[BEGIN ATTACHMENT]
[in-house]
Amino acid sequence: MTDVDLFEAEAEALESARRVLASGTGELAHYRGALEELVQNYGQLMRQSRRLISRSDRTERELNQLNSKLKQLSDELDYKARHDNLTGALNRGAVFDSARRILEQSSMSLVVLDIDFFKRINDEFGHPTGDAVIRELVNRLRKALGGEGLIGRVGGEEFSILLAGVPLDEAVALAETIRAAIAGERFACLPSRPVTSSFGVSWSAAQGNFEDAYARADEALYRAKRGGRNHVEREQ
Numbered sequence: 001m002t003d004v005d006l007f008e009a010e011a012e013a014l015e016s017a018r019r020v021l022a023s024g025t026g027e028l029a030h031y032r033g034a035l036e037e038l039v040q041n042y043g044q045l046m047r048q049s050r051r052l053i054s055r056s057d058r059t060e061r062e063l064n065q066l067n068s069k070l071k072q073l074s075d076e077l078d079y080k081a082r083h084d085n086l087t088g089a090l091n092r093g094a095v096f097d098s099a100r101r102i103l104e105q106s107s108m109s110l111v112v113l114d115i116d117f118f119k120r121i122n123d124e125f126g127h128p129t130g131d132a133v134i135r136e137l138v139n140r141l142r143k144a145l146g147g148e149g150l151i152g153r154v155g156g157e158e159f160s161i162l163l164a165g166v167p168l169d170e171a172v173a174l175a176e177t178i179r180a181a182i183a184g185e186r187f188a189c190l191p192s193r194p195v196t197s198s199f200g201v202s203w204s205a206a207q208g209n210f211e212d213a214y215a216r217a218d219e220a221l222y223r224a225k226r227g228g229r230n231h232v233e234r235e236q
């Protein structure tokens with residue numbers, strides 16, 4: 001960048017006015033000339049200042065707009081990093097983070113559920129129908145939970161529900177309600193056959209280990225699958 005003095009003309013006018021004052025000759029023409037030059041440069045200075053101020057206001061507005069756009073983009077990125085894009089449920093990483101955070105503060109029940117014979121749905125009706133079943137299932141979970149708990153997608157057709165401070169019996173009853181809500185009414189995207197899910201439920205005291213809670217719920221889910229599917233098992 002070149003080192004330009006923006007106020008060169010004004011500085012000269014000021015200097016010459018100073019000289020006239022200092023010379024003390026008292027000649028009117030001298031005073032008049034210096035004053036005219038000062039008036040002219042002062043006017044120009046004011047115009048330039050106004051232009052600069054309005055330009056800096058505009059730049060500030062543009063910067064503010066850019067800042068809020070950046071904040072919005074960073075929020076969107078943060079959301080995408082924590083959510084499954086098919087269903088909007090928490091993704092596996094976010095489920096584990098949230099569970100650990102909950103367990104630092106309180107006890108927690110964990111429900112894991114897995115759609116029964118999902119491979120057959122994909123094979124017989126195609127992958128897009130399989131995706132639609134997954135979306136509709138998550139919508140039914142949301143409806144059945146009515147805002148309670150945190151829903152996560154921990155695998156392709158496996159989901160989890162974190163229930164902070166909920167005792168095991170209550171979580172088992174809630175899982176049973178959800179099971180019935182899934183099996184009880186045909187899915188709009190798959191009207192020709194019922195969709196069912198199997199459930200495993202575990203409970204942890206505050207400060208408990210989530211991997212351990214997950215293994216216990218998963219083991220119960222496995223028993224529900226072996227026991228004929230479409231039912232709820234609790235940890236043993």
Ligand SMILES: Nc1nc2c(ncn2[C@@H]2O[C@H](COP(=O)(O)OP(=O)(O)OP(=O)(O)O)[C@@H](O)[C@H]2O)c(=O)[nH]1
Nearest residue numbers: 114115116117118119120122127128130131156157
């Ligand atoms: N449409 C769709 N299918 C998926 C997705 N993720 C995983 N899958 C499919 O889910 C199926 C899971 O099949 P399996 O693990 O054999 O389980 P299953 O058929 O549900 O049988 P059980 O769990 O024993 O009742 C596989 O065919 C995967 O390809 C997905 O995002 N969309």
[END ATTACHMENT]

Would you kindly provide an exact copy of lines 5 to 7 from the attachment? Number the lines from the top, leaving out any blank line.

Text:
Ligand SMILES: Nc1nc2c(ncn2[C@@H]2O[C@H](COP(=O)(O)OP(=O)(O)OP(=O)(O)O)[C@@H](O)[C@H]2O)c(=O)[nH]1
Nearest residue numbers: 114115116117118119120122127128130131156157
């Ligand atoms: N449409 C769709 N299918 C998926 C997705 N993720 C995983 N899958 C499919 O889910 C199926 C899971 O099949 P399996 O693990 O054999 O389980 P299953 O058929 O549900 O049988 P059980 O769990 O024993 O009742 C596989 O065919 C995967 O390809 C997905 O995002 N969309």